First some background. Decades ago when I was eleven I was given an IQ test. I must have passed since I was sent to a different kind of school than most of my classmates. This was post-war England and someone in the British Government had woken up to the fact that Britain had lost an enormous number of men between 1914 and 1945 and urgently needed to train replacements even if it meant educating proletarian boys like me from the lower classes.

The scale of the problem was huge. In a little over 30 years, Britain lost almost a million men and women in the First World War, and almost half a million in the Second World War, out of a population of roughly 45,000,000. Not only had Britain lost a lot of men and women, soldiers and civilian, but there had been a large number of non-fatal casualties that rendered the victims ‘unproductive.’ And the vast majority of all casualties of war came from the ranks of young undereducated men and young educated men. Many of my uncles and great uncles suffered. Losing 3% of the best and brightest in a single generation was rightly seen as a national security issue.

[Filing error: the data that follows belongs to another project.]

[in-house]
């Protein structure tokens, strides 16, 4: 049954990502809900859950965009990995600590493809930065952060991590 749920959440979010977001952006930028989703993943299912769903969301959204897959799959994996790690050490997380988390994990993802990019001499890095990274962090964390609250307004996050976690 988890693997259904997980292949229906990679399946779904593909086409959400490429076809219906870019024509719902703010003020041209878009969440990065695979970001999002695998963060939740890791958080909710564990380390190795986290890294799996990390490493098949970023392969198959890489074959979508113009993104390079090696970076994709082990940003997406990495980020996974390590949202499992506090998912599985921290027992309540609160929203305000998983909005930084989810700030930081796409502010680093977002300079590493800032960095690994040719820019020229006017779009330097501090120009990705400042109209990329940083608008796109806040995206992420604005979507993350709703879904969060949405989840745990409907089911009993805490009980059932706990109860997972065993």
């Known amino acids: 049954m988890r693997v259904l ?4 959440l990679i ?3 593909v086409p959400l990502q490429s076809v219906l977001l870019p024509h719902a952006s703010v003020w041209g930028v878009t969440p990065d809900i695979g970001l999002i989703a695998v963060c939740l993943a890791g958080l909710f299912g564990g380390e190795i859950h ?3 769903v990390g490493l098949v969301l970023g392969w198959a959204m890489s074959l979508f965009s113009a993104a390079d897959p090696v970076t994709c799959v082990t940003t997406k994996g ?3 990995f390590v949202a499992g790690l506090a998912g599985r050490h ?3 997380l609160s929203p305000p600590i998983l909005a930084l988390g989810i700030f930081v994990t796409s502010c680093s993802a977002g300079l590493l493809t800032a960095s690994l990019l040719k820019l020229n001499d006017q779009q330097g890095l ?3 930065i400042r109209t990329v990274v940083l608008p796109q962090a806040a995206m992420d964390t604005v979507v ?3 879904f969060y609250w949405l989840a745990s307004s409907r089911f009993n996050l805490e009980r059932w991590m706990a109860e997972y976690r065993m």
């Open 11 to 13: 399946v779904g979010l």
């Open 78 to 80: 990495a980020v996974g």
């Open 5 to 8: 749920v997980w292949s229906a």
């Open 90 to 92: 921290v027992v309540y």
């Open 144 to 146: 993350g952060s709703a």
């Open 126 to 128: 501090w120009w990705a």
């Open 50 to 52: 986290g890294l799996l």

Britain had been left with an alarming lack of suitably trained young men and women to fill the gaps left in the civil service, politics, the military, medicine, law, accounting, education and business. Compounding the problem, prior to 1945 those jobs were exclusively reserved for males with an education only wealthy and/or aristocratic families could afford.